Sunday message: The wonder of how it happened – causing joy

Third Sunday of Advent – December 15, 2019

Scripture: Isaiah 55:8-9
Luke 1:46b–55
Romans 11:33-35

As a child, I was always very fascinated by the notion that Santa was able to deliver so many toys to all the children in the world. Perhaps you can relate to this feeling. 

In the video clip, you’ll see shortly, Santa tells how he manages to deliver the toys to all the children of the world in a single night. Let’s hear his explanation. (Play the video clip of Santa explaining how he delivers toys to all the children in one night.) 

How amazing is that! Now we know how Santa manages to do it.

Sure you must be doubting what I’m saying. Maybe you’re thinking his method is totally ludicrous. I see how most of you are looking at me with a questioning expression wondering what on earth this explanation has to do with the Christmas story. 

1. God’s ways of letting the wonder of Christmas happen, transcend us

I think the way this fits into the Christmas story, lies in the very fact that God’s methods have a way of transcending us. They are a mystery and go beyond our understanding. We hear Paul saying the following according to Romans 11:33, “O the depth of the riches and wisdom and knowledge of God! How unsearchable are his judgments and how inscrutable his ways!” 

Indeed, the way in which God makes things happen is beyond our understanding.  Isn’t this abundant reason and cause for joy?

Imagine us writing a script for the way humankind could be redeemed from all our woes. Our script would look quite different from God’s script. God’s choice is for Himself to be revealed in the greatest and grandest way possible. It would be understandable for us. What did God do? God let his Son be born as a helpless, defenceless baby.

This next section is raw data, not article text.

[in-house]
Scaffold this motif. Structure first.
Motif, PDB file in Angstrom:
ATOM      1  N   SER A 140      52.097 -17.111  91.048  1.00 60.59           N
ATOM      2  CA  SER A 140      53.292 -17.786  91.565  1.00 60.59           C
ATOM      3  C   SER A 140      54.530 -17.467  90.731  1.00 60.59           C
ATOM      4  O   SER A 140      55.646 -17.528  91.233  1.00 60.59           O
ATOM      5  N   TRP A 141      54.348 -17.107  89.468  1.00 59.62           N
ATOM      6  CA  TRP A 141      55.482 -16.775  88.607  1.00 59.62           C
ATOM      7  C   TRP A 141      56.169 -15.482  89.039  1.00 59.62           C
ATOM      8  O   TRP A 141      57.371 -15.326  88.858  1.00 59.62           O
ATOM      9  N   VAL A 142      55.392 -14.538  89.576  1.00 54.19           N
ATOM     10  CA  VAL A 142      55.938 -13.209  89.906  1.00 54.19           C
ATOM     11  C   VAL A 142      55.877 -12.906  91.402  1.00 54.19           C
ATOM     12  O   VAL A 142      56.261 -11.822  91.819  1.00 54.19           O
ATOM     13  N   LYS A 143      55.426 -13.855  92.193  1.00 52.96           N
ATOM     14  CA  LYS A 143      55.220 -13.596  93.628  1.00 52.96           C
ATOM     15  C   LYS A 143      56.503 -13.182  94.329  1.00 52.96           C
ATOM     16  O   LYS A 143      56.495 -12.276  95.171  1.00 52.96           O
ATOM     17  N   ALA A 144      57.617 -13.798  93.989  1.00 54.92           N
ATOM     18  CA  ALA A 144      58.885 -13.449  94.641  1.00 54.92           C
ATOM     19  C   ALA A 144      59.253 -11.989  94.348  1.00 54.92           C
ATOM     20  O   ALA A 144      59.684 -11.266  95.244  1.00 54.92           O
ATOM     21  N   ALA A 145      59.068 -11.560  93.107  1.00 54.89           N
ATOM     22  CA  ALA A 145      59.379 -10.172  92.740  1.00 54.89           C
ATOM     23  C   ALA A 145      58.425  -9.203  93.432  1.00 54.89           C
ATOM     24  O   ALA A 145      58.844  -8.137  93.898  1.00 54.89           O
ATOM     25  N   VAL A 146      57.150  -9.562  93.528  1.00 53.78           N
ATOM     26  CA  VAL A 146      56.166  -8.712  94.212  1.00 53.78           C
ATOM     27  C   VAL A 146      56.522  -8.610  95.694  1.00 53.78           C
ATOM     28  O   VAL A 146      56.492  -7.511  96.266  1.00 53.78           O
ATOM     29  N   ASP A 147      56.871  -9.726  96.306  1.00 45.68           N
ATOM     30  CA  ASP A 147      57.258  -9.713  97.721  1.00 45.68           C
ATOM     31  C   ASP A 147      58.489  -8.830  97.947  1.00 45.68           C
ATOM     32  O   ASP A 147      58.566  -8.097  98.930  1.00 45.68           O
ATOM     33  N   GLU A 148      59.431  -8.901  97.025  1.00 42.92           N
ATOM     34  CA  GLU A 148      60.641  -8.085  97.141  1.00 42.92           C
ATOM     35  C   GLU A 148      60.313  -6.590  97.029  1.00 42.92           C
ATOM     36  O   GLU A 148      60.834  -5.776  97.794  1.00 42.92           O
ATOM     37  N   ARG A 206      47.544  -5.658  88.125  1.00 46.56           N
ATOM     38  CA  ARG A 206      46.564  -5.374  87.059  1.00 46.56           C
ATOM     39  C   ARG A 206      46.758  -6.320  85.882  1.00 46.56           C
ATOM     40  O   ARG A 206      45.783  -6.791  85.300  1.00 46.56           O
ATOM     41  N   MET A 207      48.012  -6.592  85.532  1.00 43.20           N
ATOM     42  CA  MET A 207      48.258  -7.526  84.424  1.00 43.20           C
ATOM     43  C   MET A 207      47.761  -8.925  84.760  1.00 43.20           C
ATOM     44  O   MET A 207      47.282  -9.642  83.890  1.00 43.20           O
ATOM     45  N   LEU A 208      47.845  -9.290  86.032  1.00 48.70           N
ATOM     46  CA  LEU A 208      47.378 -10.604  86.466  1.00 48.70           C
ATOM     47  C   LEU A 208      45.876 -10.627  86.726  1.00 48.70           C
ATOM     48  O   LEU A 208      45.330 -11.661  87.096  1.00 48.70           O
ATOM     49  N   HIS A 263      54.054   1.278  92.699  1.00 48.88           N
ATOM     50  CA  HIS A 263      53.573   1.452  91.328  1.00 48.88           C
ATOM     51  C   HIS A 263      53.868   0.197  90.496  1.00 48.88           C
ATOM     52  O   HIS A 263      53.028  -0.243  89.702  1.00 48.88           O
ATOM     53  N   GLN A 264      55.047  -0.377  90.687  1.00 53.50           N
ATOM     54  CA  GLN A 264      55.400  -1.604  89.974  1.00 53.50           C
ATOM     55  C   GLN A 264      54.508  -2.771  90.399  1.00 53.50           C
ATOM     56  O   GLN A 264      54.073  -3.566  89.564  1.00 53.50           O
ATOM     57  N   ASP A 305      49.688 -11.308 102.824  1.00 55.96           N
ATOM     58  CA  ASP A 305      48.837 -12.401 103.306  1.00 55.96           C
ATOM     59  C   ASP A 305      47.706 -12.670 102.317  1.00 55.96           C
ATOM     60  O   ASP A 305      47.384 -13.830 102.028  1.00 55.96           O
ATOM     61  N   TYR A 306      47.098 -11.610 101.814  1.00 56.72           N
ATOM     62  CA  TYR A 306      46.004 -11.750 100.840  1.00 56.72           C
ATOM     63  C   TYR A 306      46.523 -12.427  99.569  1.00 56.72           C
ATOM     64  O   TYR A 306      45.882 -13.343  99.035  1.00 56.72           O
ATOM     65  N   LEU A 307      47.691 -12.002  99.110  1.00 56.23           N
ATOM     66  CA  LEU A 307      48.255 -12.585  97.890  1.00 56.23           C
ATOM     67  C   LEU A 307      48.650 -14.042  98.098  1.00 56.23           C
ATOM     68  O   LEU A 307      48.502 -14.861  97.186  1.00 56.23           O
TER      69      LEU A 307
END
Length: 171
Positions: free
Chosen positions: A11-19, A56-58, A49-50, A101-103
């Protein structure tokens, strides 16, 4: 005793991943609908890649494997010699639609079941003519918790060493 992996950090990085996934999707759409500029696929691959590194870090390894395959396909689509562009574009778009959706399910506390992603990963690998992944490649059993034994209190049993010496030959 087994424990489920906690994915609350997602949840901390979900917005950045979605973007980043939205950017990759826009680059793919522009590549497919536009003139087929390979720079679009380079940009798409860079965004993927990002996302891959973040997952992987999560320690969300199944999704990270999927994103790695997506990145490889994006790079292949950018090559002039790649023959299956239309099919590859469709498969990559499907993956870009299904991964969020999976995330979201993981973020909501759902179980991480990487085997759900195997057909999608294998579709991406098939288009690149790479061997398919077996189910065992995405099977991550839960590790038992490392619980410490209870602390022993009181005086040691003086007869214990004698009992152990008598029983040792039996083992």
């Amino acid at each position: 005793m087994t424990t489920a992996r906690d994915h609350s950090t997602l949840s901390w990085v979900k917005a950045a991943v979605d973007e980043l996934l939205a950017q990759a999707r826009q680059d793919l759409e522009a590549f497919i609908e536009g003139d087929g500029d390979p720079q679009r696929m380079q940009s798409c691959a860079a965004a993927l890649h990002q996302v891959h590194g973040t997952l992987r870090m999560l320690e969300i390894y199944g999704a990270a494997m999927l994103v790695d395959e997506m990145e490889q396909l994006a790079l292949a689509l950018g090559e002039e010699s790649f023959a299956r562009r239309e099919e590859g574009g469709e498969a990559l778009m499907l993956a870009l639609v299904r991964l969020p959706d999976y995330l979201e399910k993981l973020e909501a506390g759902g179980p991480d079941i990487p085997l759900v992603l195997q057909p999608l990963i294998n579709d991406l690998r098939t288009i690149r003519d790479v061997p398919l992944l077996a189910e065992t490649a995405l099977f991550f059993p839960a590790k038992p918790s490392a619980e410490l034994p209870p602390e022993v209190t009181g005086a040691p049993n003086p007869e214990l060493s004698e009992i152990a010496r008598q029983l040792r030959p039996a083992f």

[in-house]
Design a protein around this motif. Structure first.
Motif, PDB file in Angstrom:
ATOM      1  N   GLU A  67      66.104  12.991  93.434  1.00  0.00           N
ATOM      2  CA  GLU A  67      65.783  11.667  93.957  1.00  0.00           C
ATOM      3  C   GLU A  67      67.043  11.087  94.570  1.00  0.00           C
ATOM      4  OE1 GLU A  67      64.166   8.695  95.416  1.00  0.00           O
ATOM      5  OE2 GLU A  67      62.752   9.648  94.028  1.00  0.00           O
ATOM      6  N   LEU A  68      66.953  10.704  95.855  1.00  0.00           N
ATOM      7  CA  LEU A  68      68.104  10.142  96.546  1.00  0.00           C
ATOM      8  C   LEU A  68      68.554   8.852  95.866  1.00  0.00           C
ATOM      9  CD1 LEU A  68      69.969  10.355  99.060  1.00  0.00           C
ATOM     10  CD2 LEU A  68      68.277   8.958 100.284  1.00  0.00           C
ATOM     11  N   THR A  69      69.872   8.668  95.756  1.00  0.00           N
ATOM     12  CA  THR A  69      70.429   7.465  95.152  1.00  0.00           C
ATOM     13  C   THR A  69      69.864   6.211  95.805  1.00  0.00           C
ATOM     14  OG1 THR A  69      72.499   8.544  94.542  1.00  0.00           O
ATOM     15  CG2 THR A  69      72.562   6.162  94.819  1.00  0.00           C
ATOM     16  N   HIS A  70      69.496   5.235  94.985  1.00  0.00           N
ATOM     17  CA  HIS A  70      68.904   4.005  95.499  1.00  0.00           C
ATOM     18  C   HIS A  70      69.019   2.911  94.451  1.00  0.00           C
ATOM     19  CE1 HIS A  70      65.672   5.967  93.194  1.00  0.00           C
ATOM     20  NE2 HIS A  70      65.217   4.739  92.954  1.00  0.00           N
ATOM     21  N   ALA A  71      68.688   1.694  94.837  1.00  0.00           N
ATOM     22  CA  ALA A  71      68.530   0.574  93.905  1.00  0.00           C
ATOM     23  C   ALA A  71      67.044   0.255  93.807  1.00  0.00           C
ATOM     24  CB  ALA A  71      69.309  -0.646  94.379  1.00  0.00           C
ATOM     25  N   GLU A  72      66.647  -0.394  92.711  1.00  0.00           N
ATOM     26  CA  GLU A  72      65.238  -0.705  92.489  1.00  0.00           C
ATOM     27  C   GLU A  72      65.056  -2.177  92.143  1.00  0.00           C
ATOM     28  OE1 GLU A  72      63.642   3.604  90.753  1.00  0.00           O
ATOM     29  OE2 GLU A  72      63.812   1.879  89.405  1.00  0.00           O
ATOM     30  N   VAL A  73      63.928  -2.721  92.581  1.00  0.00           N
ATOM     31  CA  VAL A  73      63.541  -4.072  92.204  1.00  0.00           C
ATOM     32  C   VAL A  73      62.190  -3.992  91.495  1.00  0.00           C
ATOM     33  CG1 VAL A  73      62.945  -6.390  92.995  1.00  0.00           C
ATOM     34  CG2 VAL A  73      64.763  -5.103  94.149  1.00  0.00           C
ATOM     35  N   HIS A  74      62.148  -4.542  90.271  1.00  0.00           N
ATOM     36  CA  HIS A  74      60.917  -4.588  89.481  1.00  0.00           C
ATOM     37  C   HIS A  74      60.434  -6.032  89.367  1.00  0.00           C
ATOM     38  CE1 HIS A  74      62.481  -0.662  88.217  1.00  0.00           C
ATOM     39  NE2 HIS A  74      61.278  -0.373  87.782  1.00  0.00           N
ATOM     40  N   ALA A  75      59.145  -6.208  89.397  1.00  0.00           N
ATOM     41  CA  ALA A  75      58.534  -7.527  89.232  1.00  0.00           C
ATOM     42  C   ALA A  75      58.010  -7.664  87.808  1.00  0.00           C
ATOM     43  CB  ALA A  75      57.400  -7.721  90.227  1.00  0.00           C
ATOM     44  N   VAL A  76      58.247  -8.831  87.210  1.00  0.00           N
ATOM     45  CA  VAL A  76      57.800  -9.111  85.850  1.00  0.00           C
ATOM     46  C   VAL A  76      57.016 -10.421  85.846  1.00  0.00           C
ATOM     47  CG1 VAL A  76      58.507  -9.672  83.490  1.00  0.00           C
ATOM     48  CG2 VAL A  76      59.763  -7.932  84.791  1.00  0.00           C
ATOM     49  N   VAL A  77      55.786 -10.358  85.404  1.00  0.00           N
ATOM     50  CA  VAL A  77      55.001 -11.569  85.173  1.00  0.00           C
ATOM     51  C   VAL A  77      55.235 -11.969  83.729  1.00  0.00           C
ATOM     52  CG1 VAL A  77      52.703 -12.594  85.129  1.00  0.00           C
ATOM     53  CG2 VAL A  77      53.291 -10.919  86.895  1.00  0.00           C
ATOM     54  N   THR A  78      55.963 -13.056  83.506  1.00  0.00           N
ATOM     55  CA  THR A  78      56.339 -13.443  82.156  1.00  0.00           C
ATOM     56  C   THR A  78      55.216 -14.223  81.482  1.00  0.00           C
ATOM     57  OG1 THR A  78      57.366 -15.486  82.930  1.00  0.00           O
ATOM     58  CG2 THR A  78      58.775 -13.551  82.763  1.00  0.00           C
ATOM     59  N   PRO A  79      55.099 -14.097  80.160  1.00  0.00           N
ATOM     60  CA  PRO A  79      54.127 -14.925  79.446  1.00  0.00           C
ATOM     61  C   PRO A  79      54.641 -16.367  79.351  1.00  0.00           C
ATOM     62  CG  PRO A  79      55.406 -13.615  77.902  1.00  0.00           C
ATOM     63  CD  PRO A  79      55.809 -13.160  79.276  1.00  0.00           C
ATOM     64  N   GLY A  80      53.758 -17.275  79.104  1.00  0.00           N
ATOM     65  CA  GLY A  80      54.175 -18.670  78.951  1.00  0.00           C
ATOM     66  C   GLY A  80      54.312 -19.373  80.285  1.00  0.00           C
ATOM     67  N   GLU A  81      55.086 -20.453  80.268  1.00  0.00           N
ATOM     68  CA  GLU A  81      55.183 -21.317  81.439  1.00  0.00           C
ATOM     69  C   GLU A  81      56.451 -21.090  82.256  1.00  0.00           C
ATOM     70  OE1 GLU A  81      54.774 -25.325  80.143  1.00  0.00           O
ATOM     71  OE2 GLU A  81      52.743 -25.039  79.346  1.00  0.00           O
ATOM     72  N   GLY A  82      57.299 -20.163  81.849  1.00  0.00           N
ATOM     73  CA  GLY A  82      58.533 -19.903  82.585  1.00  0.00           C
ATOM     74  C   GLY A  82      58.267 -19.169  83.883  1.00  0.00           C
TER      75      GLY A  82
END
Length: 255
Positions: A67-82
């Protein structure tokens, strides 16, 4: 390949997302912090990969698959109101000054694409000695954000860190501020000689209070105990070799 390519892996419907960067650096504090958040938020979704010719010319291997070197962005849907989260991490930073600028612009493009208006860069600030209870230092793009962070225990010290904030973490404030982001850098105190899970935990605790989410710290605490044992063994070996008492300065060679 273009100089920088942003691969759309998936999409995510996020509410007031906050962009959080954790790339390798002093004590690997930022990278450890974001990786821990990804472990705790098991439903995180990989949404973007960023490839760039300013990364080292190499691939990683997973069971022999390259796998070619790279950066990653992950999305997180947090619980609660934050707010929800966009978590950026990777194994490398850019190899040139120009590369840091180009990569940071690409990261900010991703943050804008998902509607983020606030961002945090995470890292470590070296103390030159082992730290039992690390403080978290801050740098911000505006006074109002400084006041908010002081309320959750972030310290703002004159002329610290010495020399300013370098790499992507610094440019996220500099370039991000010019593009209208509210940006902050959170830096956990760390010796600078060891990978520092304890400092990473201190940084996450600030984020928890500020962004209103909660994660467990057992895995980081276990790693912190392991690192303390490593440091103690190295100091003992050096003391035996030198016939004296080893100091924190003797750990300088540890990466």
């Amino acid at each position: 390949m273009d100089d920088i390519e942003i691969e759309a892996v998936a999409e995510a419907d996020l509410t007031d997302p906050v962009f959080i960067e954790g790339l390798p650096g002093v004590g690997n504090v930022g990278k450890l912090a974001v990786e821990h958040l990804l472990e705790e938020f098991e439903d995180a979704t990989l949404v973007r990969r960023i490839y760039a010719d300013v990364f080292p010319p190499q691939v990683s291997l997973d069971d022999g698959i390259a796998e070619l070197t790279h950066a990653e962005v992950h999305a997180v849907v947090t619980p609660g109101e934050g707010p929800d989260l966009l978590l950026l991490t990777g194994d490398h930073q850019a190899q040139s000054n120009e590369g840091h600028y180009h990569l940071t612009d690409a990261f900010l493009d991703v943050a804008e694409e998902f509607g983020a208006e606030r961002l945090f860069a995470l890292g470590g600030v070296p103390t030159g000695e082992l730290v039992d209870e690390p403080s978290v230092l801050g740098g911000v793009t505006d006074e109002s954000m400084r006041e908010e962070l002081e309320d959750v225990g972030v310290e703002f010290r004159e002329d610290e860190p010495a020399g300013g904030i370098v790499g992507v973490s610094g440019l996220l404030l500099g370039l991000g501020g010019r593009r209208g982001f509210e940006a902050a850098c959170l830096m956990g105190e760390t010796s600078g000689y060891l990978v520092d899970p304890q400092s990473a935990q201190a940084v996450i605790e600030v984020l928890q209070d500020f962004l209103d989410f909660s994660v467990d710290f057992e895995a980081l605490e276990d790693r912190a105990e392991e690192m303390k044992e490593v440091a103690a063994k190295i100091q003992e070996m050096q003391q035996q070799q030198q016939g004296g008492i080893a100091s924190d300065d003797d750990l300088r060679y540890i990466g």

God’s choice was to be born from a very simple couple, a poor couple, holding no influence in society. Plain, unassuming parents were chosen to be the parents of Jesus. They were astounded at the magnificent thing that happened to them.

2. God’s ways of making things happen include us.

When this huge event of Jesus’ birth occurred, it was angels who announced the birth. But to whom do they go and tell this wondrous news? Indeed, to shepherds, and not to kings and queens, nor to religious leaders or military generals. The biggest announcement for humankind is made to humble shepherds doing their job by caring for a flock of sheep. How incredible is that? 

Every single aspect of how the Christmas wonder happened thwarts convention. The Prince of Peace’s reception didn’t happen in royal palaces, how it happened, was in a stable, lying in a manger. The joy among the angelic choir could not be contained.

God’s method truly is astounding.